Pity poor mythological Jason. He finds out his father was killed by his uncle, who’s become a cruel king. He sets out to avenge the murder but has to go to the end of the world to do it, because there, he must pick up a Golden Fleece before he can kill the king. And he’s swept off his feet by the treacherous Medea, a love that eventually goes south in the most foul way. But that’s another story.
For now, we’ll just stick to the part before Medea goes bonkers, a story rich enough to suffice — certainly in its current telling at People’s Light & Theatre Company in Malvern. There, “Jason and the Argonauts” is being performed with invention and spirit and storms and harpies and clashing rocks and even Spider-Man, just for fun.
And the whole thing’s done by two guys.
“Jason and the Argonauts” is part of People’s Light’s Discovery series, meaning that it’s family fare. This version of “Jason and the Argonauts” is the sort of smart and fringy stuff dear to many Philadelphia theatergoers; kids will love it, but to call it kids’ theater would be inaccurate.
People’s Light brings in the show from Visible Fictions, a stage company from Glasgow, Scotland, that Zak Berkman, the producing director in Malvern, had seen. The show’s two actors, Tom Settle and Simon Donaldson, are fast, facile and sometimes even frantic in telling their story. They get it all in and they get it all right. (Spider-Man is just a funny distraction.)
Their props: A large cart that turns into the ship Argo, and more. A bunch of large plastic figurines that become the brave and super-powered Argonauts. The actors use a stick here, a cloth there and little else but the excellent stage design of Robin Peoples and Paul Ancell. The incidental music of Daniel Padden is properly stirring for a tale that stretches to the end of the world.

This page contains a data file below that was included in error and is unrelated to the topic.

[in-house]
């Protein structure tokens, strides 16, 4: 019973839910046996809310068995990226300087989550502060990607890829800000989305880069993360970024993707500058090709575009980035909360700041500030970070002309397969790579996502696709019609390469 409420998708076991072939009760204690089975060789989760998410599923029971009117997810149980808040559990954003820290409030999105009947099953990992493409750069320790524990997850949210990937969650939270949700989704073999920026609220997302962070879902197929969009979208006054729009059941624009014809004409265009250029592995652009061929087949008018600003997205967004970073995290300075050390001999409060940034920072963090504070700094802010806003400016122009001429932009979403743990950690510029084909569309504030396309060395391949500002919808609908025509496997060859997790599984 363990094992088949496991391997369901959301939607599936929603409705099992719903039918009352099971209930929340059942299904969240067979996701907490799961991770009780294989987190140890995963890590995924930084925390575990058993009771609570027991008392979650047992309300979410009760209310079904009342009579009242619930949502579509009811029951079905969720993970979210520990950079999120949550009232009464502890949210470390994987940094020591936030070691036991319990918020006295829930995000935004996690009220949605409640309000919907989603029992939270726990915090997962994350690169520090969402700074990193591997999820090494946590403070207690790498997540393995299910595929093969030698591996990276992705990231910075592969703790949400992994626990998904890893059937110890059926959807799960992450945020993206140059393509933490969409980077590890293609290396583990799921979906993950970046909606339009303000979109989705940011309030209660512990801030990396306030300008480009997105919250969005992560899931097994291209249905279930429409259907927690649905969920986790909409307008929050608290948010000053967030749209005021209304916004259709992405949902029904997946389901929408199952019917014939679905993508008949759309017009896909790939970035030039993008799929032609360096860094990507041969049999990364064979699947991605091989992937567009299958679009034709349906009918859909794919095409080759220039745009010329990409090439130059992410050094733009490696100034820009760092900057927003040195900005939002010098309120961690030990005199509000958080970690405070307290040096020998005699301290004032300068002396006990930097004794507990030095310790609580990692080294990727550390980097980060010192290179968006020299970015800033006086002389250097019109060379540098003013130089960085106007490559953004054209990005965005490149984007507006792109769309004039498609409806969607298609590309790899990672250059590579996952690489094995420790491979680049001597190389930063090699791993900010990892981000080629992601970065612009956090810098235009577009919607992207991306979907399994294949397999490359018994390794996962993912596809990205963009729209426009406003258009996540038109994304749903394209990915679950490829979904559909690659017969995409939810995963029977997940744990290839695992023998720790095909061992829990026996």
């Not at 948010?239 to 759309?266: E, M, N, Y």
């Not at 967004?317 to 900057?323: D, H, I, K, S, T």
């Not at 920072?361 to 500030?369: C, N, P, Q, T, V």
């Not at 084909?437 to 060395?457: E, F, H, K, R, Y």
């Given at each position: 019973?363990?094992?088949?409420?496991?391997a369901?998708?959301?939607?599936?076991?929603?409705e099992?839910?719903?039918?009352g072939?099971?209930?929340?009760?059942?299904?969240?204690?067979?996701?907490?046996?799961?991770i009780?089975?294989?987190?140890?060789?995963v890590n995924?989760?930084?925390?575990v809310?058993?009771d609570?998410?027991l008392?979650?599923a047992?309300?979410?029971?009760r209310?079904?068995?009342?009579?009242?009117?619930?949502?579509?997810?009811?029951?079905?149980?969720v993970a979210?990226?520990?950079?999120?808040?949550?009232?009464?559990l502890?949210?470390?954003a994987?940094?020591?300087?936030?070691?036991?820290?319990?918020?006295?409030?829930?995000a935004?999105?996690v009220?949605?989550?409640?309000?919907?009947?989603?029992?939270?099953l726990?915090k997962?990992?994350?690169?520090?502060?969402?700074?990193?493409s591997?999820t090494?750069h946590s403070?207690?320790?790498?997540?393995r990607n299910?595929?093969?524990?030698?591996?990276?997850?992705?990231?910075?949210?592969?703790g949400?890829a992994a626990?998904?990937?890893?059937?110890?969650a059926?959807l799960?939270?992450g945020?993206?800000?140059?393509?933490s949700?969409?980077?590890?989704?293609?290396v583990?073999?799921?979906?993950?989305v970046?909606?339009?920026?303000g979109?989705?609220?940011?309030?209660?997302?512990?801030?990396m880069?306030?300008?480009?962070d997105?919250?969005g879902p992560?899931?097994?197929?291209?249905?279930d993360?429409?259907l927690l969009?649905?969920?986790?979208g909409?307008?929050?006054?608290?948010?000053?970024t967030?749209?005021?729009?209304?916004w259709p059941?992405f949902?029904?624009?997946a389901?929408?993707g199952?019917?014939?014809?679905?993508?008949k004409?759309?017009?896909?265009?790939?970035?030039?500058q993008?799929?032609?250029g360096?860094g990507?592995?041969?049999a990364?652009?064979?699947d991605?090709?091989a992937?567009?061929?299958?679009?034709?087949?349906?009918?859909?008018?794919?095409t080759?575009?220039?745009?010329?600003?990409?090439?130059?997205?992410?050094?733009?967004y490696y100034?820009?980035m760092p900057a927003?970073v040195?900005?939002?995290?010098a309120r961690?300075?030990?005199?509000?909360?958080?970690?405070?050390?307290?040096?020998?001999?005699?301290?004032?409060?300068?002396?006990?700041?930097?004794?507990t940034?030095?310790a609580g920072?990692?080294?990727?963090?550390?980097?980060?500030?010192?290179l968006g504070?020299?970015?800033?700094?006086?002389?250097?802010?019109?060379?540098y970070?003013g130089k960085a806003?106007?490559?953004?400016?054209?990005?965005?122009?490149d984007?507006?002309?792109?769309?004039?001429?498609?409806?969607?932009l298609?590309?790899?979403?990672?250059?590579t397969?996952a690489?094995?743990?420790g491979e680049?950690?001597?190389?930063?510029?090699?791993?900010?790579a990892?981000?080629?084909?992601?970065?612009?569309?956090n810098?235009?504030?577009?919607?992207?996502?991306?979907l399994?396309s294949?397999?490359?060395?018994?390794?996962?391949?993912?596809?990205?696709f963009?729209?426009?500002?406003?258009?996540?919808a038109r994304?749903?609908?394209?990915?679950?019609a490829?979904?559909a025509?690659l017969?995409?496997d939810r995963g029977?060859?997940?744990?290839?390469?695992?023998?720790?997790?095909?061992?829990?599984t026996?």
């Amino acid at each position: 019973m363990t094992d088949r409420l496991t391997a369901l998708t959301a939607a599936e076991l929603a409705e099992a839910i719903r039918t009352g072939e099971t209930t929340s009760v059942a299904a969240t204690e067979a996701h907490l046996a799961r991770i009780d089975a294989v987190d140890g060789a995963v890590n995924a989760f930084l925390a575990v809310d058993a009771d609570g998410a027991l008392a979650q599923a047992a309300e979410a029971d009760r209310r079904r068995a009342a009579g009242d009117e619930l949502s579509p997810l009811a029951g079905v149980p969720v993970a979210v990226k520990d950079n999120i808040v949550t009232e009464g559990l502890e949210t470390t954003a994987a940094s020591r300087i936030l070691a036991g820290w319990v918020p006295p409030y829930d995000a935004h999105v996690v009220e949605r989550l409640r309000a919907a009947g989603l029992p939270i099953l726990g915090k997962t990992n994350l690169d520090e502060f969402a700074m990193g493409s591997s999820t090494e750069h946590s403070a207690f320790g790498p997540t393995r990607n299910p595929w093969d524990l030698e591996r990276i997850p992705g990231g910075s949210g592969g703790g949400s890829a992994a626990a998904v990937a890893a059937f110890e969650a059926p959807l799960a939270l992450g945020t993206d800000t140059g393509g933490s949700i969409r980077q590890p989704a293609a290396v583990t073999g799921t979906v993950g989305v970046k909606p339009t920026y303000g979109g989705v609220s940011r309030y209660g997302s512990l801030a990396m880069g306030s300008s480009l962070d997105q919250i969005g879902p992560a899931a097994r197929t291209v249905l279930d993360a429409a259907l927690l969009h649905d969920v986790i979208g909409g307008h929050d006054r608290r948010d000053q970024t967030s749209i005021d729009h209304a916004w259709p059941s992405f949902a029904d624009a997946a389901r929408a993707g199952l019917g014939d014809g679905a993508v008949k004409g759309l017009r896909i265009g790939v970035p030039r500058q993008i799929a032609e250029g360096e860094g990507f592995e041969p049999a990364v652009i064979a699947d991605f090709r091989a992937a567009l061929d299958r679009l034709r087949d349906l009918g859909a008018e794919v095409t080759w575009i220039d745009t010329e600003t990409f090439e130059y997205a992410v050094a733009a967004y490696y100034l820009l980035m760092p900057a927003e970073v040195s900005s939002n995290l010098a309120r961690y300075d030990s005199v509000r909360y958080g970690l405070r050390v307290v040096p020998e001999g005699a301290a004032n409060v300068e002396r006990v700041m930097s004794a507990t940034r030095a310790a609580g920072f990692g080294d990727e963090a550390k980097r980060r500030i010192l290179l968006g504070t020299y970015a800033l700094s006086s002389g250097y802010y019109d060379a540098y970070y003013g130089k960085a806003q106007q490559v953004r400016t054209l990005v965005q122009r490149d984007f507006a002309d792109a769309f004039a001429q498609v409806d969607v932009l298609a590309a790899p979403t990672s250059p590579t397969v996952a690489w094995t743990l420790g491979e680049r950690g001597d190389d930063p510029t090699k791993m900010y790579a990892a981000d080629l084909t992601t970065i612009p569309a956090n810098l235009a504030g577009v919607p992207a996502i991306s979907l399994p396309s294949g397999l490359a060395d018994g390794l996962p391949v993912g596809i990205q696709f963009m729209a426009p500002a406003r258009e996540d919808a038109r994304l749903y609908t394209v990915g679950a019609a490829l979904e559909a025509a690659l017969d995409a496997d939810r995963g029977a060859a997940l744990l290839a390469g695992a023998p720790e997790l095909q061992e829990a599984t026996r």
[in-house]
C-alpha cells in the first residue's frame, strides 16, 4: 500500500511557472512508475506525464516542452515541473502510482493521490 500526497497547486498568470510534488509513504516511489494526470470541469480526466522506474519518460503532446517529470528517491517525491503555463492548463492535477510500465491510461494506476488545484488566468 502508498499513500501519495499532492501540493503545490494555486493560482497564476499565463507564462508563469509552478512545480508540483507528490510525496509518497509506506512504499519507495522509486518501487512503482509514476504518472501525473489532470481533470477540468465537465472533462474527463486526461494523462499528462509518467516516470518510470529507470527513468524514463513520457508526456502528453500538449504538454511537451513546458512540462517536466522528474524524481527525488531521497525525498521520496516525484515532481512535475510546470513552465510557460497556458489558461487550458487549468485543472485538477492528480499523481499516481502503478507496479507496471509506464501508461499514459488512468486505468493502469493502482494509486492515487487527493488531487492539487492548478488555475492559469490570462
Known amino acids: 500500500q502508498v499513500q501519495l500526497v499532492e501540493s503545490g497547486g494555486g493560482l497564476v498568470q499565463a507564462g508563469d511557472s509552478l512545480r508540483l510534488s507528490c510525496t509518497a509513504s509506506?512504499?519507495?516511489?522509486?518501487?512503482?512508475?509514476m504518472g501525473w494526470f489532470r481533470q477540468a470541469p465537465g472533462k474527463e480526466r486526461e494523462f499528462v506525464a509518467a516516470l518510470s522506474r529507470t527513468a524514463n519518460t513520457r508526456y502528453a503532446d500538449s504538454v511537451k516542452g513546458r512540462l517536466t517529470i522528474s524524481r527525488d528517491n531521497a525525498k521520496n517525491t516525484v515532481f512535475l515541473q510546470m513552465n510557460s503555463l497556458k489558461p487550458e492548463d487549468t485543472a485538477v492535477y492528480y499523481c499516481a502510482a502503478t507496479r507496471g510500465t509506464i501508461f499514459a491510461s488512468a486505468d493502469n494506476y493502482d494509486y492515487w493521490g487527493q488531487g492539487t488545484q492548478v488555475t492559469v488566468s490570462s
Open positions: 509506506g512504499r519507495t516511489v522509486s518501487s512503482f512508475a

In about 70 minutes, the duo plays out a complex, action-jammed piece and, astonishingly, this stage version has almost no narration. Instead, the play by Robert Forrest, under the direction of Visible Fictions’ leader Douglas Irvine, is all dialogue. The actors shift from character to character, sometimes taking the role that the other was playing and sometimes stepping out of the story to portray the fictional actors telling it, who are also characters in the show. It’s so well done that it’s never confusing, which is more than you may be able to say for the original mythology itself.
“Jason and the Argonauts” runs through April 4 at People’s Light & Theatre Company, 39 Conestoga Road in Malvern. 610-644-3500 or www.peopleslight.org.